Elder David Jayne, of the Baptist church, taught the first school; after him Sylva Clark, Joel Wooster, Lydia Ladd, Jacob Kingsley, Lorin Kingsbury, etc. Elder Jayne was expelled from the Baptist church because he taught that "the wicked have no immortal part, and are to be annihilated at the day of judgement."

Deacon Seeley Crofut started the first Sunday-school in an old log school house, opposite the present residence of S. B. Morse. He was elected justice of the peace in 1812. He served in many positions of trust, by the choice of his neighbors. He kept the first grocery or store in the township. The Baptist meetings were for many years held at his house.

Jesse Morse settled near the Centre in 1805, and, like the most of the first settlers, went to clearing land. His descendants are numerous. The first sawmill was built by Hugh Holcomb, in 1808, and was located at the top of the falls in the Gulf brook, at the north of the Centre.

At first the settlers went to "Chenang Point" to get their grain ground, or else pounded it in mortal made in the top of the stump. They next went to Tioga Point, but before 1800 mills were built at Allen's, in Franklin Township, and at Fox Centre, in Sullivan county.

The first grist-mill was built by Hugh Holcomb, in 1820. The next year Eli Holcomb built one on the south of the creek, running it by water from a forty-acre pond he formed on the mountain by damming the outlet of a swamp there. In 1850, after a heavy fall of rain, the dam gave way, and damaged the mill, besides making sad havoc along the stream. The mill-stones for the mills were procured of Northrup, who made them at the mouth of the Schraeder.

Orison Royse built the first distillery near the present dwelling of O. Lewis. This was built at an early day, but before this time the settlers went to Ezra Spalding's, at the west of Canton, to get whisky, which appears to have been considered a very important article in every family. The first retailers of whisky in the neighborhood were Dennison Kingsbury, Seeley Crofut, Joseph Wallace, and Henry Mercur, the hatter. The first framed building erected in the vicinity without the use of whisky was the barn built by Orator Holcomb on the farm now owned by E. T. Buffum. This was built about 1840.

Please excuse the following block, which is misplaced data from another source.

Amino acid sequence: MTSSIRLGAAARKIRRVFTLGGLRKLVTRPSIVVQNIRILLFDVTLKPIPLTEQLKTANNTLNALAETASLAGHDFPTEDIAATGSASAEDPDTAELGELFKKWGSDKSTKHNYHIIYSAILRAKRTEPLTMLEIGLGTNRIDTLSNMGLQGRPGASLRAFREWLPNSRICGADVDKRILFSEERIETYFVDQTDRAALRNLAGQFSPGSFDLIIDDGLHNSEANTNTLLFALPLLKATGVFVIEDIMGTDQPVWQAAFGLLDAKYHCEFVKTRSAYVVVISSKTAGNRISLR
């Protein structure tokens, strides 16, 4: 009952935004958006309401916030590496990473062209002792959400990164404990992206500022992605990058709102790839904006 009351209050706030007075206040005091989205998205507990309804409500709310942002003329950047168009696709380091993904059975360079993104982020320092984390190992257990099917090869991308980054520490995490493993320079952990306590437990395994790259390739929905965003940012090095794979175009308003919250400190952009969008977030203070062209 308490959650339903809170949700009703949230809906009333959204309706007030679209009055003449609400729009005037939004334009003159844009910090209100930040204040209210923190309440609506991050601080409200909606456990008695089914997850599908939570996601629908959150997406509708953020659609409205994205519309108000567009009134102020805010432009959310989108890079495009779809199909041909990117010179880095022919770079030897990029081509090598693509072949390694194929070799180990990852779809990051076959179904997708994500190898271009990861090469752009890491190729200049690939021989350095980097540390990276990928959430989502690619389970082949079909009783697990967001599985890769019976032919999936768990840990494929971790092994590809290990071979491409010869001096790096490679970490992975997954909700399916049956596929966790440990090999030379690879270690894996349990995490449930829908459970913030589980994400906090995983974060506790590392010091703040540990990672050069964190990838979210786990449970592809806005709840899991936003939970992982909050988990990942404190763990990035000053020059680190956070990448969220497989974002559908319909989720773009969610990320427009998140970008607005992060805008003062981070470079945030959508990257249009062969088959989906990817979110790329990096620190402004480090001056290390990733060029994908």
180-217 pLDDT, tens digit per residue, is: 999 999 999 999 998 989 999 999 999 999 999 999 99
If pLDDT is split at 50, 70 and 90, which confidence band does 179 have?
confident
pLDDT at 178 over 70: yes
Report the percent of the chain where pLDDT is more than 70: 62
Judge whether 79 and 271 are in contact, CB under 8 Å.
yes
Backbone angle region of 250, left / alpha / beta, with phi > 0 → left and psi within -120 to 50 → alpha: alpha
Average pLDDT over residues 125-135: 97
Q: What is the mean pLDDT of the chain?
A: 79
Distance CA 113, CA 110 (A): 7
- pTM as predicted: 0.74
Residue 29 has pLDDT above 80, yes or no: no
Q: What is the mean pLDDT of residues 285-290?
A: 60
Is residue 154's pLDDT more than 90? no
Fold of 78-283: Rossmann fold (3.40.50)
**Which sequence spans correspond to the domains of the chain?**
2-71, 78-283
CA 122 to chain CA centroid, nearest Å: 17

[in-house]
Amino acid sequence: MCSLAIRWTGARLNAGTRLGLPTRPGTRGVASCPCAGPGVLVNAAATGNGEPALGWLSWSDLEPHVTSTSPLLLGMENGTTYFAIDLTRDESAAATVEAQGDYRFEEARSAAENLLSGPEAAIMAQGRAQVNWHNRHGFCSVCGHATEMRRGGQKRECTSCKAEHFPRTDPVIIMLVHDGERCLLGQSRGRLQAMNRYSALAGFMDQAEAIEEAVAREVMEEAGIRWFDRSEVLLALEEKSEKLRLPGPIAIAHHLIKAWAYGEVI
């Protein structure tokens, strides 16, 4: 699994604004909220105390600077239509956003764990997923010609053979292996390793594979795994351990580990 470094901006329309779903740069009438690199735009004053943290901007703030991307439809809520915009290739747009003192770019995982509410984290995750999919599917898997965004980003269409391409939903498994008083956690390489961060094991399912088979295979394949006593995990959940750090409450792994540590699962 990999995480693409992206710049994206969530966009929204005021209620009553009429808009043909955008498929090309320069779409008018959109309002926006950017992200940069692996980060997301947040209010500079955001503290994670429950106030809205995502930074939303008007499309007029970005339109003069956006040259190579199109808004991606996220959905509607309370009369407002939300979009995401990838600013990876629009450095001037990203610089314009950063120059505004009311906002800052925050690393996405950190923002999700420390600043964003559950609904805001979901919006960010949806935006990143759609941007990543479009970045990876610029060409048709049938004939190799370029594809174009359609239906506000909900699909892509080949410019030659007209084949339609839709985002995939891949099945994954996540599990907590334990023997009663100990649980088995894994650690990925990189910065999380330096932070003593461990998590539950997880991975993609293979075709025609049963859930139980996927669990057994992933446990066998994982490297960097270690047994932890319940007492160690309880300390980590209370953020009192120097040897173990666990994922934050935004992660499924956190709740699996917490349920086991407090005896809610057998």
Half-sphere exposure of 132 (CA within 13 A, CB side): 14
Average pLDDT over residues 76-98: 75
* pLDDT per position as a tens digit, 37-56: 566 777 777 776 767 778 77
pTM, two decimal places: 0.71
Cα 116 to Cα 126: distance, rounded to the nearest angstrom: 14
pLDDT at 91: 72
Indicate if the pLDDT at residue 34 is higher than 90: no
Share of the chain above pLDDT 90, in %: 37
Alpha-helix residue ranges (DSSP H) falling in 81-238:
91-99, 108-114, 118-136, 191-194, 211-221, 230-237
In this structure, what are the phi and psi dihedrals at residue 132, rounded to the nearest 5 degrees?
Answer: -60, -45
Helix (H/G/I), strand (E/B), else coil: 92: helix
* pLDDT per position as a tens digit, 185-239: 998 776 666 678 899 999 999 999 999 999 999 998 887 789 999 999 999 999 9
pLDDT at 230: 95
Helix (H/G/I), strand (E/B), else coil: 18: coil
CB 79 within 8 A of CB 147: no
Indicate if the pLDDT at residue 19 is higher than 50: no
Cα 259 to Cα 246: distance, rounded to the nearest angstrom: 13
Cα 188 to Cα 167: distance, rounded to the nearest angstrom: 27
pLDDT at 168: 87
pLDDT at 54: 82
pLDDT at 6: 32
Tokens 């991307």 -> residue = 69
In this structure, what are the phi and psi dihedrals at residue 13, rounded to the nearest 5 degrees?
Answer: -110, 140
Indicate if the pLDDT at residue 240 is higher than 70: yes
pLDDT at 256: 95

John Knapp settled near West Franklin in 1796, and made wooden mould-board plows having but one handle. Aaron, his son, bought the farm now owned by T. A. McCraney, in 1818. His sister Eunice kept house for him two years, and then married Jesse Robart, the father of William and Jesse (2d). Mr. Robart soon settled and made a clearing on the farm now owned by Robert Mason, Aaron Knapp was elected as the first justice of the peace, after the organization of the township.

By act of the legislature, the Towanda creek is a public highway. A considerable amount of lumber and shingles were formerly floated down the stream to market during high water.

The congregation of Disciples built a house of public worship in 1850, the Baptists in 1855, and the Methodist shortly after. The first settlement of the mountain was made by Henry Knowles in 1841, at the place known as the Knowles settlement. He came from Philadelphia with five horses to draw the household goods of his own and those of another family. Since then several families have settled in the same vicinity, and the place is now known as the Cold Spring settlement.

About two miles to the west is another settlement, which is known as the Irish settlement, and was commenced about twenty years ago. Each of these settlements constitutes a sub-school district.

The McCraney settlement was made by Jeremy Bailey and Samuel McCraney in the autumn of 1846 and spring of 1847. At one time there were several families located, but now there are only two.

Carbon run is the name of the small stream rising in this township a little to the west of the Barclay line, and flows into the Schraeder. On the head-waters of this stream the Schraeder coal company have leased 2600 acres of coal land, the chief part of which is in this township. The mining is now being carried on quite extensively. To meet the wants and convenience of this place, a school-house has been erected for the children of about twenty families that reside on the Le Roy side of the line. About four years since a public highway was made from Le Roy Centre to Carbon run, a distance of about three and a half miles, at a cost of a little more than $4000. This amount was at least $1200 more than it would have cost under proper management. The road is a good means of communication between the valley of the Towanda creek and the mines at Carbon Run and Barclay, and opens up a good market for farm produce. The principal village is Le Roy, in the centre of the township, which contains a hotel, two churches, stores, post office, and about a dozen dwellings. There are eight school districts, six of which are along the creek.